House Passes FISA: 86 Republicans Vote to Allow Warrantless Spying of Americans
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Citizen Frank



Eighty-six House Republicans on Friday voted against an amendment to require a warrant for surveillance of Americans’ communications.

Rep. Andy Biggs (R-AZ) proposed an amendment to the Reforming Intelligence and Securing America Act (RISAA), a bill that would reauthorize Section 702 of the Foreign Intelligence Surveillance Act (FISA). Section 702 is a law that is meant to target foreign adversaries, but often surveils Americans’ private communications without a warrant.

The amendment tied at 212-212 in the House; a tie in the House means that the measure fails. Although Biggs’s amendment did receive support from a majority of Republicans, 86 House Republicans failed to support the proposal.

A warrant requirement is overwhelmingly backed by Americans. A YouGov poll commissioned by FreedomWorks and Demand Progress found that 76 percent of Americans support a warrant requirement, while only 12 percent oppose.

Only one member of House Republican leadership voted with the majority of the House Republican Conference on warrants requirements: House Majority Whip Tom Emmer (R-MN). Speaker Mike Johnson (R-LA), House Majority Leader Steve Scalise (R-LA), and House Republican Conference Chair Elise Stefanik (R-NY) voted against the warrant requirement.

Johnson used to support closing the backdoor search loophole, or the ability to surveil Americans through Section 702, which is meant to target foreigners. However, he changed his mind after seeing a classified briefing after becoming Speaker.

The 86 House Republicans that voted for warrantless surveillance of Americans are:

Conservatives and progressives blamed congressional leadership for pushing against genuine privacy reform.

Rep. Thomas Massie (R-KY) wrote, “This is how the Constitution dies. By a tie vote, the amendment to require a warrant to spy on Americans goes down in flames. This is a sad day for America. The Speaker doesn’t always vote in the House, but he was the tie breaker today. He voted against warrants.”

Demand Progress Policy Director Sean Vitka said in a statement after the vote:

House Leadership has pushed its thumb on the scale against privacy protections throughout this debate, as it has done for more than a decade. After wrongfully stopping the House Judiciary Committee’s legislation from reaching the floor, denying a vote on closing the data broker loophole, and rewarding the House Intelligence Committee for operating in staggeringly bad faith.

We applaud the leaders of the House Judiciary, including Reps. Andy Biggs, Pramila Jayapal, Jim Jordan, Jerry Nadler, Warren Davidson, and Zoe Lofgren, for fighting tirelessly for over a year to advance the serious privacy protections that the public overwhelmingly supports and deserves. Their efforts were heroic and fundamentally changed this debate, which is all the more impressive considering the deceit and dirty tricks wielded against reform over the past year.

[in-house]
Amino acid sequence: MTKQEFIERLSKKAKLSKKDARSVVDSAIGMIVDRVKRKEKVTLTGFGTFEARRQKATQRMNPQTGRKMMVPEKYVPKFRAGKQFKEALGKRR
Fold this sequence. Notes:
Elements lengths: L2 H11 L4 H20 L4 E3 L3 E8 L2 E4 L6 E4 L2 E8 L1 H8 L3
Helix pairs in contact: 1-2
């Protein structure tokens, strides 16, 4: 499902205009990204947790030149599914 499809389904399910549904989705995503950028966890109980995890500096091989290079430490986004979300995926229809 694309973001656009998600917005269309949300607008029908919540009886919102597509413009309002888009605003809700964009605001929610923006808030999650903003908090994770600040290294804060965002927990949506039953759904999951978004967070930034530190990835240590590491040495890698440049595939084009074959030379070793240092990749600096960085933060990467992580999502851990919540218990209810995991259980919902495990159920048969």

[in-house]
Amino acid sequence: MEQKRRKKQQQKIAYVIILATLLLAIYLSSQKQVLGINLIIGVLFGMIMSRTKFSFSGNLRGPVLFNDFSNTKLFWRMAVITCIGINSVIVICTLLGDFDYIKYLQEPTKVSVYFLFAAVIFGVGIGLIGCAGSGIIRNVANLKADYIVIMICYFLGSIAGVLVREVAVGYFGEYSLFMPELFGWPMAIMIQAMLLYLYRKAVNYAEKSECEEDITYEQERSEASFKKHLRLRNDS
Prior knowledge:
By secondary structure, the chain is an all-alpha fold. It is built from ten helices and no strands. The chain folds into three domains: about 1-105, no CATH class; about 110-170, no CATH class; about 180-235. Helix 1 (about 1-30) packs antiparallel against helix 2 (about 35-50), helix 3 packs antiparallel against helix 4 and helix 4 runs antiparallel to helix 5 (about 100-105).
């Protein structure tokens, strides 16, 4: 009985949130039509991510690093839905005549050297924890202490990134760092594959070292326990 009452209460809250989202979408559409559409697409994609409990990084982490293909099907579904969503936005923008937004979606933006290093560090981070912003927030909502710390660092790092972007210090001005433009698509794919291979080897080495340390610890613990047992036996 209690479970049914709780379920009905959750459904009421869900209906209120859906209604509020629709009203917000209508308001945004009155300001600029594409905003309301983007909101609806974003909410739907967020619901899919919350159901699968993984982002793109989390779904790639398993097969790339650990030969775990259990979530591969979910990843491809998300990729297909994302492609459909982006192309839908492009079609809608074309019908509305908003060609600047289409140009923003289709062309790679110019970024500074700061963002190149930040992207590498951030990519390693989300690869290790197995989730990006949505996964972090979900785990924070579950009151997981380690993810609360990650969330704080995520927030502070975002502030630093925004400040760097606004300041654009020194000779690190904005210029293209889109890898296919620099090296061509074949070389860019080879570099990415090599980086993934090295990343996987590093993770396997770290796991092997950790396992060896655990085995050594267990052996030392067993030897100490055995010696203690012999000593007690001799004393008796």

Rep. Andrew Clyde (R-GA) wrote, “Here they go again, expanding FISA. Bipartisan skulduggery. A sad day for America.”

Rep. Scott Perry (R-PA) wrote, “Today’s FISA warrant amendment vote was tied, which means every single vote was the deciding vote. Make your decisions about who represents you based on supporting your Constitutional rights.”

Read 40 Comments
  • Avatar Michael says:

    Looks to me like 86 Republicans need to be replaced as soon as possible

  • Avatar Lynda says:

    These Republicans are nothing but trash!

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    Everything You Need to Know as Trump Trial Heads to Verdict

    Citizen Frank



    Former President Donald Trump’s criminal trial is nearing an end, with closing arguments beginning on May 28. Here’s what you need to know to catch up with the case.

    What Are the Charges?

    Manhattan District Attorney Alvin Bragg charged President Trump with 34 counts of falsifying business records in the first degree, a Class E felony.

    The former president was charged under the statute New York Business Law 175.10, which states, “A person is guilty of falsifying business records in the first degree when he commits the crime of falsifying business records in the second degree, and when his intent to defraud includes an intent to commit another crime or to aid or conceal the commission thereof.”

    The second crime in this case was the alleged violation of New York Election Law 17-152: “Conspiracy to promote or prevent election. Any two or more persons who conspire to promote or prevent the election of any person to a public office by unlawful means and which conspiracy is acted upon by one or more of the parties thereto, shall be guilty of a misdemeanor.”

    The 34 records in this case consist of 11 checks cut to Michael Cohen, a former personal attorney to President Trump, and the corresponding vouchers and invoices. Prosecutors allege that these payments, categorized as legal expenses, were reimbursement for money Mr. Cohen paid to Stephanie Clifford, better known as adult actress Stormy Daniels, as part of a scheme to influence the 2016 elections.

    In order to prove their case, prosecutors need to show that President Trump had the intent to defraud—more specifically, the intent to conceal the alleged conspiracy—when causing the creation of the business records.